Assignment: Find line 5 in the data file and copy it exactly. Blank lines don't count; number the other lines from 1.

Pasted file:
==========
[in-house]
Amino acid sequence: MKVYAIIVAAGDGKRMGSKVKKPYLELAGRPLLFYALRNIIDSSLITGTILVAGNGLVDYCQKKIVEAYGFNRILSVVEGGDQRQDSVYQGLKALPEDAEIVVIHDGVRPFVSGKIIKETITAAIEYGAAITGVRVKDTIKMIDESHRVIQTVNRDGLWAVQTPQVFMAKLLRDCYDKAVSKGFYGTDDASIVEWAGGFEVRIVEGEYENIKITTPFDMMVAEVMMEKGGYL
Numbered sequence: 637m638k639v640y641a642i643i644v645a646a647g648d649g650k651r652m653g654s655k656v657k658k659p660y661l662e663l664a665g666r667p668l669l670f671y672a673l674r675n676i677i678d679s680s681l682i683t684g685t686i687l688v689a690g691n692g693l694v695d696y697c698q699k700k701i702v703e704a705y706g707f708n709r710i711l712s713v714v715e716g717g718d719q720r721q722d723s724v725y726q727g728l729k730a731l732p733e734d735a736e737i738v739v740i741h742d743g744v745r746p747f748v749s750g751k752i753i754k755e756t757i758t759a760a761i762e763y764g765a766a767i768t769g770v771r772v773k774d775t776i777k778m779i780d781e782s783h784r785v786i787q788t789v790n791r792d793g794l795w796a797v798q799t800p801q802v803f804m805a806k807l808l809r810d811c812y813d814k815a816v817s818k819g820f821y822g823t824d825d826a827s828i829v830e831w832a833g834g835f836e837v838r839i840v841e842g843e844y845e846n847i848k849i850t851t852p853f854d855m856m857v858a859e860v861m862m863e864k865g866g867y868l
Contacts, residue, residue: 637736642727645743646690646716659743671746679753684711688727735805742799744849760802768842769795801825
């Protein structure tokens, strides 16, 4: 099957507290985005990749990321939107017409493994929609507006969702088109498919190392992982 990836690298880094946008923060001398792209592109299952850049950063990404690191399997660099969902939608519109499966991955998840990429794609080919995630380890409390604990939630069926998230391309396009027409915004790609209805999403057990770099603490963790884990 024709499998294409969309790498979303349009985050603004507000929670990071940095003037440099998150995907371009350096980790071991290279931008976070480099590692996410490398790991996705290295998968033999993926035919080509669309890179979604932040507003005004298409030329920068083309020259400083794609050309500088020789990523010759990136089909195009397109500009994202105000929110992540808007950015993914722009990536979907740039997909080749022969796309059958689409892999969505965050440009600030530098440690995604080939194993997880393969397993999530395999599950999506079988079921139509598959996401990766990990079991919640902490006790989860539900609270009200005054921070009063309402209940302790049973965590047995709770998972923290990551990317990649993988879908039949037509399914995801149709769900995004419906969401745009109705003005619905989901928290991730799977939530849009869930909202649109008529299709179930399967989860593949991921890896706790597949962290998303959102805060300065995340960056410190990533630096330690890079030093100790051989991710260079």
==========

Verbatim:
């Protein structure tokens, strides 16, 4: 099957507290985005990749990321939107017409493994929609507006969702088109498919190392992982 990836690298880094946008923060001398792209592109299952850049950063990404690191399997660099969902939608519109499966991955998840990429794609080919995630380890409390604990939630069926998230391309396009027409915004790609209805999403057990770099603490963790884990 024709499998294409969309790498979303349009985050603004507000929670990071940095003037440099998150995907371009350096980790071991290279931008976070480099590692996410490398790991996705290295998968033999993926035919080509669309890179979604932040507003005004298409030329920068083309020259400083794609050309500088020789990523010759990136089909195009397109500009994202105000929110992540808007950015993914722009990536979907740039997909080749022969796309059958689409892999969505965050440009600030530098440690995604080939194993997880393969397993999530395999599950999506079988079921139509598959996401990766990990079991919640902490006790989860539900609270009200005054921070009063309402209940302790049973965590047995709770998972923290990551990317990649993988879908039949037509399914995801149709769900995004419906969401745009109705003005619905989901928290991730799977939530849009869930909202649109008529299709179930399967989860593949991921890896706790597949962290998303959102805060300065995340960056410190990533630096330690890079030093100790051989991710260079």